Title: STAT3 drives GFAP expression and accumulation in a mouse model of Alexander disease
Legend: (A) Immunolabeling of phosphorylated STAT3 (red) demonstrates nuclear localization (blue) and activation of the transcription factor in GFAP labeled astrocytes (green) from the Gfap+/R236H mouse model of Alexander disease (right panel) compared with wild-type Gfap+/+ mice (left panel, hippocampus shown, scale bar = 10 µm). (B) Genetic knockout of STAT3 (Stat3 -/-) specifically in astrocytes prevents GFAP protein accumulation and pathology that occurs in Gfap+/R236H mice (Stat3 +/+), as shown by GFAP quantification (enzyme-linked immunosorbent assay). Both males and females were tested, ****p-value < 0.0001 represents Sidak’s post-tests, two-way ANOVA.
Citation: Hagemann, T. L., Coyne, S., Levin, A., Wang, L., Feany, M. B., & Messing, A. (2023). STAT3 Drives GFAP Accumulation and Astrocyte Pathology in a Mouse Model of Alexander Disease. Cells, 12(7), 978. https://doi.org/10.3390/cells12070978
Abstract: Alexander disease (AxD) is caused by mutations in the gene for glial fibrillary acidic protein (GFAP), an intermediate filament expressed by astrocytes in the central nervous system. AxD-associated mutations cause GFAP aggregation and astrogliosis, and GFAP is elevated with the astrocyte stress response, exacerbating mutant protein toxicity. Studies in mouse models suggest disease severity is tied to Gfap expression levels, and signal transducer and activator of transcription (STAT)-3 regulates Gfap during astrocyte development and in response to injury and is activated in astrocytes in rodent models of AxD. In this report, we show that STAT3 is also activated in the human disease. To determine whether STAT3 contributes to GFAP elevation, we used a combination of genetic approaches to knockout or reduce STAT3 activation in AxD mouse models. Conditional knockout of Stat3 in cells expressing Gfap reduced Gfap transactivation and prevented protein accumulation. Astrocyte-specific Stat3 knockout in adult mice with existing pathology reversed GFAP accumulation and aggregation. Preventing STAT3 activation reduced markers of reactive astrocytes, stress-related transcripts, and microglial activation, regardless of disease stage or genetic knockout approach. These results suggest that pharmacological inhibition of STAT3 could potentially reduce GFAP toxicity and provide a therapeutic benefit in patients with AxD.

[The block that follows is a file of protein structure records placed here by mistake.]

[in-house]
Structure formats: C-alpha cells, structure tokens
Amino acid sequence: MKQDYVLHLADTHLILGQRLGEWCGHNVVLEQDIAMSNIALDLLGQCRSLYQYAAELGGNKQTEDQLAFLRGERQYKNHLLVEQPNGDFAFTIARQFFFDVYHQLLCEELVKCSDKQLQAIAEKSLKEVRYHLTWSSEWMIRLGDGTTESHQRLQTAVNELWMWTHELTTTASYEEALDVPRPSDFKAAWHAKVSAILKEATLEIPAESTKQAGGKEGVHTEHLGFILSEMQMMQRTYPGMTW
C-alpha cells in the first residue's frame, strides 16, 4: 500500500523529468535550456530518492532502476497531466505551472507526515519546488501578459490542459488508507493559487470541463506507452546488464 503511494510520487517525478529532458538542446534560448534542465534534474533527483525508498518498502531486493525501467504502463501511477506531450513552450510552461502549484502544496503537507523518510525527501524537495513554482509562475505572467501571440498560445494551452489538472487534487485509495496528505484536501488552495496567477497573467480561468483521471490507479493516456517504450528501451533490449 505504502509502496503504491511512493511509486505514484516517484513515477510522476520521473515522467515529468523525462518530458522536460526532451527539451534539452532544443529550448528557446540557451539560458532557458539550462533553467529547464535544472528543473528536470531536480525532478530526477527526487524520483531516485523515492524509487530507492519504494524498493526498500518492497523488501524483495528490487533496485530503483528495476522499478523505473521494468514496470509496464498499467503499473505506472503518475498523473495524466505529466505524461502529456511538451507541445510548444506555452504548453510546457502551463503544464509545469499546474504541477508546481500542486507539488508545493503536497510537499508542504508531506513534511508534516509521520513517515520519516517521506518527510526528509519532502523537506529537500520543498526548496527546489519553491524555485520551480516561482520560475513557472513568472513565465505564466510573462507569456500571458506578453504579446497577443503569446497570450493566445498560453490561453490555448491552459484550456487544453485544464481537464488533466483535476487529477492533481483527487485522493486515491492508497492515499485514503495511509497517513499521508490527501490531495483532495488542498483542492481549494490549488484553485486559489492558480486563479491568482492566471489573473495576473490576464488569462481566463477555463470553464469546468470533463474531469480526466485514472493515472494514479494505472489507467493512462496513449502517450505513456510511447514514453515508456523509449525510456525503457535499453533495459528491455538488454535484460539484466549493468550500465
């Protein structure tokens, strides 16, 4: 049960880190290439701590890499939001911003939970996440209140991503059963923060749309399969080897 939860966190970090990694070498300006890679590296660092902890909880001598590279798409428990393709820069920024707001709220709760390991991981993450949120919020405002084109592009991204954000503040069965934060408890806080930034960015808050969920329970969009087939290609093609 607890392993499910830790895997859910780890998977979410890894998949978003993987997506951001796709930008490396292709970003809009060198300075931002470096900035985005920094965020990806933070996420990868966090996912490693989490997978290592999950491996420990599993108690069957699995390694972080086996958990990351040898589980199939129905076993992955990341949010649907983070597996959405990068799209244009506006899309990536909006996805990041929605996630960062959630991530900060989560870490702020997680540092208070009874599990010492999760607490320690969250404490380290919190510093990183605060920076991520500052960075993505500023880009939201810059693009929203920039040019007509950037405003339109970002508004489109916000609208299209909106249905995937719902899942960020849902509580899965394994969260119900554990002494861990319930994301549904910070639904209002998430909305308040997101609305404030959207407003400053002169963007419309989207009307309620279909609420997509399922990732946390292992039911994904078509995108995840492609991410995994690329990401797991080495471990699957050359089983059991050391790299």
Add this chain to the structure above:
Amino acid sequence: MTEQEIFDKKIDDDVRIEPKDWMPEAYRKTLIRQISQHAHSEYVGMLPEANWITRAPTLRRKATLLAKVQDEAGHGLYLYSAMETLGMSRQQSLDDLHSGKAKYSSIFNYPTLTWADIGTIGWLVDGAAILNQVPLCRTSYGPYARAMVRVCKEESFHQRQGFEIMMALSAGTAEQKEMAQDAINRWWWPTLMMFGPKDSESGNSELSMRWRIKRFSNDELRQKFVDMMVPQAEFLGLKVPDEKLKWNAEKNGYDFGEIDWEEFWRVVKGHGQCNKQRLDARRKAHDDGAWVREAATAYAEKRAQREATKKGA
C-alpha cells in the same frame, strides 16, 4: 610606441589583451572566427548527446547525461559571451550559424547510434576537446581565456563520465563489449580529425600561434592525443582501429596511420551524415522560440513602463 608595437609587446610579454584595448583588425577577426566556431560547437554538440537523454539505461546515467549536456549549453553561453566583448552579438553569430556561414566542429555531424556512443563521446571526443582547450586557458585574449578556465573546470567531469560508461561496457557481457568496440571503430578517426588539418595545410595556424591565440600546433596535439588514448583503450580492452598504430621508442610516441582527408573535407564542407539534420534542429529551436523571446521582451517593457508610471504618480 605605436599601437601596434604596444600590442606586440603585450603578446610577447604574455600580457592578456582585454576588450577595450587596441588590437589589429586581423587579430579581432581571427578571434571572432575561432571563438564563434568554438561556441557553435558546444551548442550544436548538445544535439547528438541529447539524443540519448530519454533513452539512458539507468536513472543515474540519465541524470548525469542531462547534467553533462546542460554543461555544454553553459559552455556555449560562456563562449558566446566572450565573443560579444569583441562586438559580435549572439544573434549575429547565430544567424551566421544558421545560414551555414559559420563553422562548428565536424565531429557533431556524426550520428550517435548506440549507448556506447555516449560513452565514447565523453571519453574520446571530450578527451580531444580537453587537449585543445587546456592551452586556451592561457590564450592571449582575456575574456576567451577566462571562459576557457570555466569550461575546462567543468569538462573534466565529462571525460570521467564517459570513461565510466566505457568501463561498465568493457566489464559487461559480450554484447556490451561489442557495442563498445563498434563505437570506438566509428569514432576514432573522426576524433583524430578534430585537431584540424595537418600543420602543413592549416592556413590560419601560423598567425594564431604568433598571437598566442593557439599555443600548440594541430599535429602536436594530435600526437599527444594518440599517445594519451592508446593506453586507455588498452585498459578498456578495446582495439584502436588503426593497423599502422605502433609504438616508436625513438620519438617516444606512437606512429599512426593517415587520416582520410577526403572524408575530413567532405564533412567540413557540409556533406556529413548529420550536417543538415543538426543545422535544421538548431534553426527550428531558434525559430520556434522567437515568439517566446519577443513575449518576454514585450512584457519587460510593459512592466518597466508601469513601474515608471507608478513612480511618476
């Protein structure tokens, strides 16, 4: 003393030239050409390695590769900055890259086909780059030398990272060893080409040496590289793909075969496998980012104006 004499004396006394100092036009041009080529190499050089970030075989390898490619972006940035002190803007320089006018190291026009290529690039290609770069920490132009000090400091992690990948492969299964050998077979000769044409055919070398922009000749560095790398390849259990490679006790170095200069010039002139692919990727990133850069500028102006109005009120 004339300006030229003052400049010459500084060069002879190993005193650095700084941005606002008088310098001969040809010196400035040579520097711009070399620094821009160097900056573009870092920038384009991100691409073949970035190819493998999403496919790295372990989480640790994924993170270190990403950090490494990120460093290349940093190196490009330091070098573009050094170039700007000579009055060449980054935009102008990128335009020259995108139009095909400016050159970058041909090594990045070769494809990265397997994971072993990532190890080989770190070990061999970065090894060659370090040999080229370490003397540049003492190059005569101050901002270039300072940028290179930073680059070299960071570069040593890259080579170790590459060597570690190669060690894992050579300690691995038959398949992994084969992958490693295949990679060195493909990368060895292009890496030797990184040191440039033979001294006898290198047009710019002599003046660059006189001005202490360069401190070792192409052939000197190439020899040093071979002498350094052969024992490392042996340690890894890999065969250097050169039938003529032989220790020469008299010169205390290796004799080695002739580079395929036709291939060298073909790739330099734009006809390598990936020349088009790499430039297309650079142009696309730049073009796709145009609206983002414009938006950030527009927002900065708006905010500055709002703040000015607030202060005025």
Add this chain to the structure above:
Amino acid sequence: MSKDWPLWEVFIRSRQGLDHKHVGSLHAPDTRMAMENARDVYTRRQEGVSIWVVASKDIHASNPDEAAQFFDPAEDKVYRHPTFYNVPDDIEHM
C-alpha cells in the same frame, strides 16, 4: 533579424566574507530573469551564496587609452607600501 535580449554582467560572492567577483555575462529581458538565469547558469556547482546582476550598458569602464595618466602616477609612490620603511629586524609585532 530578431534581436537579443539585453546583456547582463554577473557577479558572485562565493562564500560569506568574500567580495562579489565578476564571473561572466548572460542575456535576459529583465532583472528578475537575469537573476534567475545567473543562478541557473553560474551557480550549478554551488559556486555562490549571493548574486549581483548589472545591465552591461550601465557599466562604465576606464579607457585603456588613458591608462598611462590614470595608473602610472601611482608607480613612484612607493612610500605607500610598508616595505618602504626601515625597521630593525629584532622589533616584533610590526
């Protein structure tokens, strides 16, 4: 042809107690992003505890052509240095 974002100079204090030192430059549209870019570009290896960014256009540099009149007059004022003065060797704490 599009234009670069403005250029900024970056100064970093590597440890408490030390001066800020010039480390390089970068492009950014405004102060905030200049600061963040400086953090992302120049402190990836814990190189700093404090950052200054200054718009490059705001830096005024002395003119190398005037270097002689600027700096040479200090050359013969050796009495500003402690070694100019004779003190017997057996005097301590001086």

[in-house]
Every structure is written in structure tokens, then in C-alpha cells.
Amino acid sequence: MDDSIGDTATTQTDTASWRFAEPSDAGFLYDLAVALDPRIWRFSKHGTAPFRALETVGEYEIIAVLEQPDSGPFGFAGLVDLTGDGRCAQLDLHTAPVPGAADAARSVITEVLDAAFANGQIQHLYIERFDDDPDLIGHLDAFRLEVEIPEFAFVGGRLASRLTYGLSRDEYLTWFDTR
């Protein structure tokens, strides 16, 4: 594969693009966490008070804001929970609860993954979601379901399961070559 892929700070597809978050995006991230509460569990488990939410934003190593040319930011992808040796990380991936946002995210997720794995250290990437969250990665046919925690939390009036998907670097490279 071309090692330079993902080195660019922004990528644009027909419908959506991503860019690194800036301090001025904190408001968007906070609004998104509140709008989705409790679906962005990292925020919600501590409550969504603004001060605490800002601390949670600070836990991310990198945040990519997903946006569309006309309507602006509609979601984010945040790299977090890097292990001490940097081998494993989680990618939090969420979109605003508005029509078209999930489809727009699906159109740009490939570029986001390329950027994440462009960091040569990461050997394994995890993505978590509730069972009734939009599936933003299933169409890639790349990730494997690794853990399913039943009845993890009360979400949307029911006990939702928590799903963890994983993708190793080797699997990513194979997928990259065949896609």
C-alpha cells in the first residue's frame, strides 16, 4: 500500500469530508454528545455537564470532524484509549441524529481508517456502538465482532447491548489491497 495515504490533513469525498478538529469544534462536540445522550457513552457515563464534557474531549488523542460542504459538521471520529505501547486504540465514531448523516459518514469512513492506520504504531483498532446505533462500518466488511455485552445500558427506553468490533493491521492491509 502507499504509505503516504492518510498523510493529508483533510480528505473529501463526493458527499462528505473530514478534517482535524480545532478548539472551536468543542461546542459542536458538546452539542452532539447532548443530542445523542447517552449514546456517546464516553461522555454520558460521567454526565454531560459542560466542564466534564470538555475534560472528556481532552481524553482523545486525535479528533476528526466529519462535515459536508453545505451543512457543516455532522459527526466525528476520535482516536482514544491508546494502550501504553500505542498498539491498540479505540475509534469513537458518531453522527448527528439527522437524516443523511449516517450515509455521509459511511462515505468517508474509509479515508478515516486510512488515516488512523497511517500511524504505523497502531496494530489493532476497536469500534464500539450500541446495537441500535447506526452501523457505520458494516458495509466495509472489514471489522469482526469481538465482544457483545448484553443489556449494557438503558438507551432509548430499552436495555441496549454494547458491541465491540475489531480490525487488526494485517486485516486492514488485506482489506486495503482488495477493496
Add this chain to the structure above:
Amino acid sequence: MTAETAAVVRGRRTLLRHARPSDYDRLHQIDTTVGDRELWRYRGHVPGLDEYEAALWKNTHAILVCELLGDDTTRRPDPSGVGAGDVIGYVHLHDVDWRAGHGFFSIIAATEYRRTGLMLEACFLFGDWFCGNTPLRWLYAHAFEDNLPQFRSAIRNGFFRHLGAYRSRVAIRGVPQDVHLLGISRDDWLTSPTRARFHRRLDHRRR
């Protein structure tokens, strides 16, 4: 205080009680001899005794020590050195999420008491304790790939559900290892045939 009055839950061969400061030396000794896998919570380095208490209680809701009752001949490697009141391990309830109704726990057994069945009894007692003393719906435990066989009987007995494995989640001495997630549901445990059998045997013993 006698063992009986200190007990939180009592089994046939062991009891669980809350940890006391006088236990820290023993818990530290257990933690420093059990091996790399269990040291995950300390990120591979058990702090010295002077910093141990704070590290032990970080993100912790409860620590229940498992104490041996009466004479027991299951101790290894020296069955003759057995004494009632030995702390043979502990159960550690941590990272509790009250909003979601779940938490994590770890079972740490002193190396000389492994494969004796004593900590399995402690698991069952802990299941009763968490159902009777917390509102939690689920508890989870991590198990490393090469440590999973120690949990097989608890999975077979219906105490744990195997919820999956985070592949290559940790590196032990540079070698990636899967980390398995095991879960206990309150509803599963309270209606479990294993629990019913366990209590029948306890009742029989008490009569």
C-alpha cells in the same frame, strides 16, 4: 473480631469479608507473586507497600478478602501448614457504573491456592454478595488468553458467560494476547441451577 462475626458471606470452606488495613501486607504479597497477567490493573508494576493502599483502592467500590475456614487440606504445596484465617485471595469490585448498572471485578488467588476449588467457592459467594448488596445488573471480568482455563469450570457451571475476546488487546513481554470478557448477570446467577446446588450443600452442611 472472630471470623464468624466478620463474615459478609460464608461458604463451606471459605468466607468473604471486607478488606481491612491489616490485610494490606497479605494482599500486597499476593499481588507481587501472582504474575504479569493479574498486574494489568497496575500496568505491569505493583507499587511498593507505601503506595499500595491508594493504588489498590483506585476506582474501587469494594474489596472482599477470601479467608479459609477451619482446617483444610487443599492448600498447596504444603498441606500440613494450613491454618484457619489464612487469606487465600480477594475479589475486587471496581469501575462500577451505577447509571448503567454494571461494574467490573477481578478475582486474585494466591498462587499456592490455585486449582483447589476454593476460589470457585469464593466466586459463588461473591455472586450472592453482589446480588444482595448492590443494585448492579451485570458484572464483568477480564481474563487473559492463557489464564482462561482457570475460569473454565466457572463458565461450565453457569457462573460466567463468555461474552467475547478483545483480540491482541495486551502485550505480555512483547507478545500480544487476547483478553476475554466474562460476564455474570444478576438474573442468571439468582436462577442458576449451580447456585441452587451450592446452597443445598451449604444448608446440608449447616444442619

About the Lab: The Alexander Disease Research Lab focuses on the role of astrocytes in neurodegenerative disease and the cellular consequences of their dysfunction. Astrocytes have traditionally been thought of as support cells that maintain ion and neurotransmitter homeostasis in the central nervous system (CNS). However, research over the past few decades has revealed more complex functions including the regulation of neurogenesis, synaptogenesis, neurotransmission and remyelination. In addition, astrocytes control blood flow, maintain the blood brain barrier, and contribute to the distribution and clearance of compounds through the CNS glymphatic system.
Astrocytes take on another critical role of reacting to CNS injury by activating anti-stress and neuroinflammatory pathways in both acute insults and chronic disease. Reactive astrocytes are heterogeneous in their response and can either promote or prevent regeneration and repair. Given the complexities of astrocyte function in the healthy CNS and their sometimes paradoxical role in brain and spinal cord injury, it can be difficult to dissect the effects of astrogliosis on other neural cell types from the primary insult.
To better understand astrocyte function in neurodegenerative disease, we have focused on one of the few examples of a primary disorder of astrocytes, Alexander disease. Alexander disease (AxD) is caused by mutations in the gene for glial fibrillary acidic protein (GFAP), an astrocyte specific intermediate filament protein, that lead to protein aggregation, activation of stress response genes, including GFAP, and reactive gliosis. AxD can affect all ages but is most severe in children, who often present with seizures, motor and cognitive delay, and a general failure to thrive. We have generated several rodent models with missense mutations homologous to those found in patients with the disease. These models allow us to study the effects of astrocyte dysfunction on other cell types in the mammalian CNS, including neurons and oligodendrocytes and their progenitors. As with other injuries, the astrocyte response to mutant GFAP is also heterogeneous, and a second goal is to identify the molecular networks controlling regional differences in astrocyte reactivity. Finally we hope that understanding the mechanisms behind Alexander disease pathology will lead to therapeutic strategies for this devastating disorder as well as other diseases with astropathology.
Investigator: Tracy L. Hagemann, PhD